Potentially Other Records. As you search these parish records you might find other record types mixed in. If you are unsure what record type you are looking at, you can post a query on the FamilySearch Forums: Sweden for assistance.
How to Use this Digital Collection
To use these digital records you must know the name of the parish that your ancestors lived in. As these records are written in Swedish, you will need to learn some vocabulary and get familiar with the style of handwriting. You will find that each record has its own unique format. Usually there is a table of contents to find the section you need. To learn more about Swedish research strategies see the Strategies and Steps section on the Sweden page of the FamilySearch Wiki. Other tools such as the Swedish Genealogical Word Lists, Handwriting Courses, and an article on Swedish Language will help you to use this collection.
Searching This Collection
There are two ways to search this collection. One is to view the images (browse), and the other is to search the indexed records. The browse works by selecting the geographic location you are interested in, first by county, then by the name of the parish (församling). Once you have selected a parish, you will be presented a list of available volumes. Select one, and the image viewer will open and display the first image. You can move through the images by using the naviagation arrows or entering an image number in the image number field. Please note that image numbers and page numbers are not the same.
Please be aware that browseable images are presently available at all Family History Centers or, if you are a member of the Church of Jesus Christ of Latter-day Saints, you can view them after you sign in with your LDS Account.
Before you search the indexed collections, familarize yourself with how the search functions work. Read "Searching the Indexed Records" in the article, FamilySearch Historical Record Collections. You should also be aware of some additional unique considerations when searching idexed record collections from Norden.
When searching indexed collections, be aware that in August 2011 the instructions for indexing names in these collections changed. Prior to that time the instructions were to "write what you see." This meant that if the scribe recorded the surname Jonsdotter as Jonsd., Jonsdt., Jonsdtr, or Jonsdr., you have to search using each possible variation. The change allowed indexers to record abbreviate names in full, when they were certain what the abbreviation stood for. This will allow users to make fewer searches, and get better results.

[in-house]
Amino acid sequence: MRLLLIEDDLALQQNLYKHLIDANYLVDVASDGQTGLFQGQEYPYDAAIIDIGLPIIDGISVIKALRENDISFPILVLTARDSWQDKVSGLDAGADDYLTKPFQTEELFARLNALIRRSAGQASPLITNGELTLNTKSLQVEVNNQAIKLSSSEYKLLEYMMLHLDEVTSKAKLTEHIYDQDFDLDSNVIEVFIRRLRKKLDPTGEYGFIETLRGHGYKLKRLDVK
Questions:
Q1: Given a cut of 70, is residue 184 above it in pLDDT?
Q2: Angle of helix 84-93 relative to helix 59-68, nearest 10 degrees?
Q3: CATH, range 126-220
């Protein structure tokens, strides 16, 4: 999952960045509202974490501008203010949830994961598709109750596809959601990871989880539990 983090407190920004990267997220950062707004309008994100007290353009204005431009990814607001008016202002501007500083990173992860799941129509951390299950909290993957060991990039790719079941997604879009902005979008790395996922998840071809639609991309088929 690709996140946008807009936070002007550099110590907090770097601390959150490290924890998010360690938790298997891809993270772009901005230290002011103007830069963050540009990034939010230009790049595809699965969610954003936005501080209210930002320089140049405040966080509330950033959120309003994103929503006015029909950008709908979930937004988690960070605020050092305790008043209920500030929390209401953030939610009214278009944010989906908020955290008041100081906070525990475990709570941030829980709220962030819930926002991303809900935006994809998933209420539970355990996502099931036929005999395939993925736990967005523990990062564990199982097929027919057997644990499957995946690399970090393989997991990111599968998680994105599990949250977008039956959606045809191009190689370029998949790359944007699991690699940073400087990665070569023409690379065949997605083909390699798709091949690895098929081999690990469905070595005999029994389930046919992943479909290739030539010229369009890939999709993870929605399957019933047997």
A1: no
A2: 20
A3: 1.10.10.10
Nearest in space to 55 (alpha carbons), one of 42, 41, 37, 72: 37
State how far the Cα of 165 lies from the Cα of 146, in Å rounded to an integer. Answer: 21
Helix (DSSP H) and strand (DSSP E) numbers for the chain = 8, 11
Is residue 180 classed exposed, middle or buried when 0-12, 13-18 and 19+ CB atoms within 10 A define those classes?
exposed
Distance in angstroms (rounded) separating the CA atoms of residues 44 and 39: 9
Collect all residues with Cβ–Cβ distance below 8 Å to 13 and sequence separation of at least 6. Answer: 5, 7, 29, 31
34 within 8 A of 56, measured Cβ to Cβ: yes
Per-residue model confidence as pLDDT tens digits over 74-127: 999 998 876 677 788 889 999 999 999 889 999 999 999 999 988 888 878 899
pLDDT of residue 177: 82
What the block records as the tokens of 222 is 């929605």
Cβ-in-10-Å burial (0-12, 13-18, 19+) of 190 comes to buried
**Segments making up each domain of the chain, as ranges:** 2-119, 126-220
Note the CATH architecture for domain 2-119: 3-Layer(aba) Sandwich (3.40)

When the change was implemented projects in Södermanland, Uppsala, and Örebro were underway, and Jönköping and Kalmar had just started. If you are searching for a baptismal or death record you may also want to search without using a patronymic surname. The indexing instuctions are to not record a surname for an individual where none is given, even if the father is identified.
Citing Your Sources
When you copy information from a record, you should list where you found the information. This will help you or others to find the record again. As these records are available from several sites, the source citation should clearly identify the original source. If your genealogical database allows it, the unique information specific to the provider of the image or record should be included in your source details, and not be included as if it were the original source.
Citation for This Collection
The following citation examples refers to the original source of the data and images published on FamilySearch.org Historical Records. Each identifies the geographic location of and name of the parish, the volume, page, and entry number where the information was found.
Identifying the collection using the title of the Historical Records collection (for example, Sweden, Jönköping Church Records, 1581-1935; index 1633-1860) obscures the actual source of the information, and is not recommended.
Examples of Source Citations for This Collection
- Sweden, Jönköping. Värnamo församling. C I Födelse- och dopböcker. Huvudserien 1, 1825-1854, p. 175 #7. Baptism of Johan August Andreasson.
- Svenska kyrkan. Värnamo socken, Jönköping. Födelse- och dopböcker, C I:1 (1825-1854): 175 #7
- Svenska kyrkan. Värnamo socken, Jönköping. C 1 (1825-1854):175 #7
The first sample is cut and pasted from the browse hierarchy displayed on Historical Records. The second sample provides the same information with some non-essential elements removed. The second and third samples use the same authority as found in the Family History Library Catalog with the county name added. This is important as there are several places in different counties in Sweden that have the same name. In the second sample the name of the record series is omitted for brevity. The second and third samples also omit the name of the principal in the record as it more appropriately belongs in citation detail.
Links to Record Collections by County
Examples from this CollectionBirth and Christenings